Russia: Media under state control

Russia’s media landscape is controlled by the state. Virtually all the major TV broadcasters and the main newspapers either belong directly to the state or to oligarchs and companies closely associated with it. Online, by contrast, there is still a certain amount of freedom - for now.

People in Moscow demonstrating for the release of investigative journalist Ivan Golunov on 11 June 2019.
People in Moscow demonstrating for the release of investigative journalist Ivan Golunov on 11 June 2019.
Print media now play only a peripheral role in the Russian media landscape. But even so, the state is pursuing a strategy of transferring control of publications to entrepreneurs with close ties to the Kremlin who are dependent on the state – as in the case of RBC in 2016/17. In the spring of 2020, after a change of ownership the same appears to be happening with the liberal independent business newspaper Vedomosti - prompting the editorial staff to protest against the newly appointed editor-in-chief in their own paper.

Television and web portals play a crucial role in shaping public opinion. In practice, all the TV stations support the Kremlin's position in their news and magazine programmes. Independent broadcasters are only allowed to provide entertainment or, like, confine themselves to broadcasting via satellite or the Internet.

The newspapers and online media enjoy more freedom than the TV stations. The newspaper Novaya Gazeta and the radio station Echo of Moscow (despite belonging to the pro-Kremlin Gazprom Media holding) are now the only remaining traditional mass media outlets that are explicitly critical and open to oppositional opinions.

The authorities exert less control over online journalism, but in this area, too, the pressure from the state is increasing year by year. A number of sites that were critical of the regime have been blocked in recent years - in most cases for allegedly publishing extremist views. However, banned sites such as MBK Media or can often be accessed via redirects even after they have been blocked, so most of the independent media (e.g., Republic or can still be found online. In blogs and on social networks there is still plenty of open discourse, but the state crackdown on "fake news", purportedly extremist statements and insults to religious feelings or representatives of the state is gradually encroaching on this freedom too. The hefty fines imposed for such “offences” can be fatal for such platforms.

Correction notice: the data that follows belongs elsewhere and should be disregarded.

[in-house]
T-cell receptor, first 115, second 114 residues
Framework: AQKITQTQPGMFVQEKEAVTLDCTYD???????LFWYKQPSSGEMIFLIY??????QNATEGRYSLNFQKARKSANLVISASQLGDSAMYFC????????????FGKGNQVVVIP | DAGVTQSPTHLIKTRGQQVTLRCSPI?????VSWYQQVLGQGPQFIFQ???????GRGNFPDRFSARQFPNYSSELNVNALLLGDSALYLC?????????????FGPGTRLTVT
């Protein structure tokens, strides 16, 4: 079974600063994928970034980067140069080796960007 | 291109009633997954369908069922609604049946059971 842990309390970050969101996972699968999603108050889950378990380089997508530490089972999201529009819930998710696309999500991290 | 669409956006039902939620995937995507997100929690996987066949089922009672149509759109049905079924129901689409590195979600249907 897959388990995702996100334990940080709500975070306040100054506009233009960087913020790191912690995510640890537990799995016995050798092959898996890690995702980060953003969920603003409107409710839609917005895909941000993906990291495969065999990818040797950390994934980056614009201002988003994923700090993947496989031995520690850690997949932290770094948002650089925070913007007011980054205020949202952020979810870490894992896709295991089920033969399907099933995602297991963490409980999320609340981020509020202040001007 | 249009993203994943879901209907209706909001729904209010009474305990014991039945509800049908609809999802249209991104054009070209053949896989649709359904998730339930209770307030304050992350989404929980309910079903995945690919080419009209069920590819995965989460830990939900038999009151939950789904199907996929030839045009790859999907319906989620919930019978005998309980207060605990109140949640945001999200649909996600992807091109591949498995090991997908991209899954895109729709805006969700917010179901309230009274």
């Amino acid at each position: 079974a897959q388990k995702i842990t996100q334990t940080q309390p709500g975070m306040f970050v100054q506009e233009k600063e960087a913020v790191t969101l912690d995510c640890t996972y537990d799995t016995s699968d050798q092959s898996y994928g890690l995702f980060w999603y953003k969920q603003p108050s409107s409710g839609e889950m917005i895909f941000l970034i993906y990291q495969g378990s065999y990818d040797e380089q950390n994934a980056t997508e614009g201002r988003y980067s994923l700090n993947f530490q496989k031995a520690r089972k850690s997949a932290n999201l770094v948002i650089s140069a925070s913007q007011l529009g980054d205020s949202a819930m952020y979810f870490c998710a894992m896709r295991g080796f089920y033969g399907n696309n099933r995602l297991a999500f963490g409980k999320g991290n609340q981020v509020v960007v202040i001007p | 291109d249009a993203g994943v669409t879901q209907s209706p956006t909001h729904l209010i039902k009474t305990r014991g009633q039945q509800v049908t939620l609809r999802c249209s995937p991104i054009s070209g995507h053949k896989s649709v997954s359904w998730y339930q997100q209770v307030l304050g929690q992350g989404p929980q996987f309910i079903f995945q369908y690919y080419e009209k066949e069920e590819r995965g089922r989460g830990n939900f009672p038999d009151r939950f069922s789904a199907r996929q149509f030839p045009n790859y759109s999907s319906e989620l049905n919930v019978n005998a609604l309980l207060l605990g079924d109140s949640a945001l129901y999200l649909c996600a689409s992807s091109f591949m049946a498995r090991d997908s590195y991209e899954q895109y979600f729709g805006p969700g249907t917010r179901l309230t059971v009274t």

The country’s media law prohibits foreign citizens from establishing media outlets in Russia, and since 2017 it also limits the stake foreigners may hold in Russian media to 20 percent. In addition, since 2019 media that are even partially financed from abroad (as well as employees who cover political topics) can be classified as "foreign agents", which means that they are subject to stricter controls. Nevertheless, Russian-language foreign media such as Deutsche Welle, the BBC or the Riga-based website can still be used freely.

Consequently, despite all the restrictions on media freedom, free and independent information is still available in Russia. The Kremlin’s media policy has, however, ensured that only those who actively seek this information can access it.

World Press Freedom Index (Reporters Without Borders):
Rank 149 (2020)

Last updated: April 2020

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